Here in Canada, we’re fortunate to benefit from the Canada Health Act (CHA), where a majority of our health needs are covered by the government. It gives an incredible peace of mind to know that if a health emergency were to happen, that we would get the care we need.
However, general oral care isn’t covered under the CHA. Instead, you’ll generally need to get care at private clinics like ours which still require insurance or paying out of pocket. What happens then if you have an immediate dental need that isn’t cheap? Here’s how to budget for a dental emergency.
1. First, check to see if you can get coverage through government dental programs.
If you’re in need, you may be surprised that you meet the requirements for some governmentally funded dental programs. You must check with your province specifically to see if you qualify. If you belong to one of these groups, it’s possible that you can get some assistance.
- Low-income families
- Special Needs
- First Nations
The availability of these dental programs is going to vary according to the funding they receive. To know what’s accessible in your province, you need to do some research. Checking out the Canadian Association of Public Health Dentistry is a great place to start. Overall, you’ll have a higher chance of finding a clinic that provides these services if you live in a low-income area.
2. If you can, get insured before the emergency.
Dental insurance may cost you a bit monthly, but it’ll definitely cut down on costs if an emergency happens. Don’t wait until you have a problem because pre existing conditions may not be covered. Though it may seem inconvenient to pay monthly for dental insurance if you have healthy teeth, it’s far better to have a safety net than to be blindsided by costs in the case of an accident or surprise cavity!
3. Explore dental schools.
If you don’t qualify for a government program and are uninsured, then dental schools may be an option, particularly if you live in an area close to a school. At a dental school, there are students who need to build experience and can probably provide the care you need at a lower cost. Some people may hesitate to have a student working on them, but if you consider everything has to be checked and verified that it is up to current standards, and that there is a wealth of experienced dentists/instructors “looking over their shoulder”, you are truly in good hands. The biggest drawback with school based dentistry is the additional time required to get treatment completed.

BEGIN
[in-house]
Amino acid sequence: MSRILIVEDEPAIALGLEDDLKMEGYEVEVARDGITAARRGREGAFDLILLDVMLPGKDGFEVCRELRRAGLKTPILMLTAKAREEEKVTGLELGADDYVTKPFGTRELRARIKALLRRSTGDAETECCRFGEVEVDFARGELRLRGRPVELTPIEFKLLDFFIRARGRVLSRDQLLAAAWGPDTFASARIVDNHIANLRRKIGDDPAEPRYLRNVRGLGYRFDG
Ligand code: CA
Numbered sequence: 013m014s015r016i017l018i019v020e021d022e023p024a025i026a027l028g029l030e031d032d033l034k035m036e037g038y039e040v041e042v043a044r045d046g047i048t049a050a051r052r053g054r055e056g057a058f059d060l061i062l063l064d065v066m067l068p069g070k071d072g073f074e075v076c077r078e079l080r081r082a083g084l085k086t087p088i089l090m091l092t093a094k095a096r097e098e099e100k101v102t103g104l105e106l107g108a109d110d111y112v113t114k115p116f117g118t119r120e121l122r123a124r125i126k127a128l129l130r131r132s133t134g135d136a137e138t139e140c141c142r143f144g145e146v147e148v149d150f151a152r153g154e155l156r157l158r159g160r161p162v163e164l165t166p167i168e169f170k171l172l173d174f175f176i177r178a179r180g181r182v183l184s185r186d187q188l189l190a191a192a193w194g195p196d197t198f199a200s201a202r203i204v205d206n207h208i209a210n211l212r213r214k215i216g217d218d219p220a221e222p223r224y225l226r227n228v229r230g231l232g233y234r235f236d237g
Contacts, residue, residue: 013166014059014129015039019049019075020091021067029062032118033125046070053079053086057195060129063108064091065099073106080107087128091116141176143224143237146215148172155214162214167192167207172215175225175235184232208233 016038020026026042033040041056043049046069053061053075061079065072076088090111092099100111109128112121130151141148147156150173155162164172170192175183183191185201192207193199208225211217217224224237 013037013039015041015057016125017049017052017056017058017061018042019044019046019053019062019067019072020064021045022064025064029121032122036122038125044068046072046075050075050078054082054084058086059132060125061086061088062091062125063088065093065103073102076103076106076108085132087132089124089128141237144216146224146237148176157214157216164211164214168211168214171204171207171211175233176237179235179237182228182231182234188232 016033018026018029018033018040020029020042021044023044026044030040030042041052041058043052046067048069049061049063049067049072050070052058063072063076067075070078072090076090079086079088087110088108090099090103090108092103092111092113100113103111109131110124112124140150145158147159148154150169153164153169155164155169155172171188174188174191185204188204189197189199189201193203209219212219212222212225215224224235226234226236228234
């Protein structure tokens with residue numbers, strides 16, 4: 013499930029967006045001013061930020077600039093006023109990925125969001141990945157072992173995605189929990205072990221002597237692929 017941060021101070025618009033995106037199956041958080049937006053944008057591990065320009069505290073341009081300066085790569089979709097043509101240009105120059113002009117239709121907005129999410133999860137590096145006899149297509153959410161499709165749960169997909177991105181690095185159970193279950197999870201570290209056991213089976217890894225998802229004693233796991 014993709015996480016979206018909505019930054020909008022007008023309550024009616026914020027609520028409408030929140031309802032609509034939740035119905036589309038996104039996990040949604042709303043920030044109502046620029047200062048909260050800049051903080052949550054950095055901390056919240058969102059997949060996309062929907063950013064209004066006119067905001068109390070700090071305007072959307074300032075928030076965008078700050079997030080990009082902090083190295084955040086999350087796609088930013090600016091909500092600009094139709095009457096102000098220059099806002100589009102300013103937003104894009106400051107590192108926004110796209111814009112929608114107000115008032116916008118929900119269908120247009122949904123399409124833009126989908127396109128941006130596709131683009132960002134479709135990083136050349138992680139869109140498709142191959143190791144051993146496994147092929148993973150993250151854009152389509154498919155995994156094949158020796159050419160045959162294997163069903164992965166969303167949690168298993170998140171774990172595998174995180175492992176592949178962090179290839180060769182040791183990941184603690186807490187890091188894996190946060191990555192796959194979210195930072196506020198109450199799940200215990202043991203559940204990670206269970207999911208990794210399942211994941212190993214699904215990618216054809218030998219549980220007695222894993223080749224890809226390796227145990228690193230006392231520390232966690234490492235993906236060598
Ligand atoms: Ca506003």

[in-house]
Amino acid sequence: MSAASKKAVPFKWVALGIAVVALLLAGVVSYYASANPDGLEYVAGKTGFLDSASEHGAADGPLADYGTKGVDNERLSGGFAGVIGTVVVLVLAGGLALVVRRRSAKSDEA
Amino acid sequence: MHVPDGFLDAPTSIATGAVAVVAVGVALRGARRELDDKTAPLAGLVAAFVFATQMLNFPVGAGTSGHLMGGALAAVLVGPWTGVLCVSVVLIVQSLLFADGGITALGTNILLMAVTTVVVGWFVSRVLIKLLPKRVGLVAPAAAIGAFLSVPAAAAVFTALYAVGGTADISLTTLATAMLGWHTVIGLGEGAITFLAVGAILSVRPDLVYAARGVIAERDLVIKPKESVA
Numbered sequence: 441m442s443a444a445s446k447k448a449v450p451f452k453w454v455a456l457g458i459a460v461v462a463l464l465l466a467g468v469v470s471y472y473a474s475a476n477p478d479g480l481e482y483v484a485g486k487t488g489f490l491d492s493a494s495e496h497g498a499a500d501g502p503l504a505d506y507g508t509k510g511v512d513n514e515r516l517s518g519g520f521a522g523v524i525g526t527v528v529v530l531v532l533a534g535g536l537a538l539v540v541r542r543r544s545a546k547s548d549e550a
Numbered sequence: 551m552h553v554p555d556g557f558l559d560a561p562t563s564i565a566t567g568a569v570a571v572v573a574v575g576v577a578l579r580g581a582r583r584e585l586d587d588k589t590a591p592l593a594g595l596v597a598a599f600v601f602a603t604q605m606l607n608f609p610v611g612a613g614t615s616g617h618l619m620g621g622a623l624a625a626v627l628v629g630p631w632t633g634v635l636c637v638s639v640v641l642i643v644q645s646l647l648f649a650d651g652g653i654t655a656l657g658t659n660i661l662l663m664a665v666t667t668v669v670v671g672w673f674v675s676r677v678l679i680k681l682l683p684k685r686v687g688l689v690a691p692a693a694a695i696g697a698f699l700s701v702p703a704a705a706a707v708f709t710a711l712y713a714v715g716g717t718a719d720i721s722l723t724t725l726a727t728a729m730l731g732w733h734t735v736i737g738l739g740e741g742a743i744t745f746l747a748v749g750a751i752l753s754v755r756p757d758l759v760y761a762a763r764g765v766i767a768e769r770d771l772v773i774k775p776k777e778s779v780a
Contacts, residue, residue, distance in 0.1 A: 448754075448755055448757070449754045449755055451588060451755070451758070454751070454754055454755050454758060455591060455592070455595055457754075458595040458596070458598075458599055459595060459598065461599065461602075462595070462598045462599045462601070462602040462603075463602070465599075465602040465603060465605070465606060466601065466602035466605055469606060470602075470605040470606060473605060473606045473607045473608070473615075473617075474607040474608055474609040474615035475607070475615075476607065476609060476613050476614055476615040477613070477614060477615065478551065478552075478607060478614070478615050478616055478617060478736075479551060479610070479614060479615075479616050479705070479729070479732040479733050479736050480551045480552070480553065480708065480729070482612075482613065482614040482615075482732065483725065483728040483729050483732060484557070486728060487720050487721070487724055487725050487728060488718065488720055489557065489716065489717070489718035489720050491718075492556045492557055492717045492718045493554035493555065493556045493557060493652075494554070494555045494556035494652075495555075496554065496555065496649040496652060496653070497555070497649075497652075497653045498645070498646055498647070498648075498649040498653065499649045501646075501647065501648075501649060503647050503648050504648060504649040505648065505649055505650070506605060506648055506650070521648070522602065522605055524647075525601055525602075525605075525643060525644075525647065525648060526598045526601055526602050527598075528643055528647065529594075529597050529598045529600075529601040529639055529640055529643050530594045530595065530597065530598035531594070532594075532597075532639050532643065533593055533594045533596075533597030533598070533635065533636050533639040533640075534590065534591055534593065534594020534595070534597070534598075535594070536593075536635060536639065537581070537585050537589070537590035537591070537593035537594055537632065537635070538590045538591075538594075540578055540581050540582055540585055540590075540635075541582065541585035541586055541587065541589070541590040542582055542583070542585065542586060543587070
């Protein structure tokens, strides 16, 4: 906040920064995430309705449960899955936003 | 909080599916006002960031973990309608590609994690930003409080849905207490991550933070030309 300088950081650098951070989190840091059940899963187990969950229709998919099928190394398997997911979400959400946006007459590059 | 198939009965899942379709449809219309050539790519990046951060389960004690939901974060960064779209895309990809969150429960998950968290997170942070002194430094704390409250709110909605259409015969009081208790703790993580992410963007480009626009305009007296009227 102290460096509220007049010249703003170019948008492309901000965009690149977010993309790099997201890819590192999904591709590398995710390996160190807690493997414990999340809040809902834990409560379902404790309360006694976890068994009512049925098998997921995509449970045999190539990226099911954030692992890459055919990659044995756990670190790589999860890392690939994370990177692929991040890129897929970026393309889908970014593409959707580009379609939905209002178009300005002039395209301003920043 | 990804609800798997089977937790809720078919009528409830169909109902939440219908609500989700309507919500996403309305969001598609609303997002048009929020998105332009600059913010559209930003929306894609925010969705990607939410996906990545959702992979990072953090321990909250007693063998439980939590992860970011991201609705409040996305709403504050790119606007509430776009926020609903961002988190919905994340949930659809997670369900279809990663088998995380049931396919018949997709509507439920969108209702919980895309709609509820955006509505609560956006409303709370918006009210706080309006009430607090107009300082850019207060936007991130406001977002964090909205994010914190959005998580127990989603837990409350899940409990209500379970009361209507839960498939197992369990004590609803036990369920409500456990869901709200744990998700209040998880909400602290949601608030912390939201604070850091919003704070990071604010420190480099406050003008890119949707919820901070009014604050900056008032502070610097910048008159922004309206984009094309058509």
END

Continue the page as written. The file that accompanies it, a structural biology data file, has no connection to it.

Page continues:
4. Save, Save, Save!
Although this sounds so “simple” it is not always so simple….as the saying goes there always seems to “more month than there is paycheck” and obviously food, clothing and shelter take priority over many things, often times our oral health.
If you don’t qualify for government assistance or can’t find a dental school/free clinic in your area that can assist you, then hopefully you have adequate income that can cover some basic costs if you budget monthly. Here are some things you can do to make sure that when a crisis comes you’re not left scrambling for the funds to cover it.
- Set aside money every month in a savings account for dental health emergencies. Even if you have just an extra $20 that you can stick into a bank account from every paycheck, do it. Over time, this money will accumulate and be a great help to you in your time of need. The most challenging part for all of us is avoiding dipping into our emergency fund when something else comes up.
- Examine your budget and cut out unnecessary expenses. Unfortunately If you find that you can’t save much, then you may need to create more margin in your budget. There are plenty of smart financial moves you can make to create more “wiggle room” in your budget, however each of us has to make that decision of how best to accomplish this.
- Speak to your dentist. Ask your dentist regarding options, both for the short term as well as long term. Dental emergencies usually involve infection, a broken or painful tooth. There may be more than one option available to get you comfortable and stabilize the situation. Although it may not be a good long term solution we can often provide a temporary fix until a person either has insurance coverage, available funds or been able to make a proper long term decision without the duress of being in pain and discomfort. And I truly believe that the vast majority, if not every single dentist, has the empathy to help those in need. Some may help by volunteering at a free or reduced fee clinic; others may be able to assist with financial arrangements, reduced fees etc. Although we all have expenses and overheads to cover dentists are trained and geared to help others , particularly in emergency situations.
Lastly I believe we live in a world of abundance provided by our Creator, and if we can stand in that truth and place our trust and faith in Him, provision does come.
Dental Emergencies in Vancouver
If you have a dental emergency, contact us right away. We’ll do our utmost to assist you or direct you to resources to get you the help you need. When you detect a problem with your teeth, don’t delay. Every minute counts if you want to save a tooth or guard your mouth from further health problems.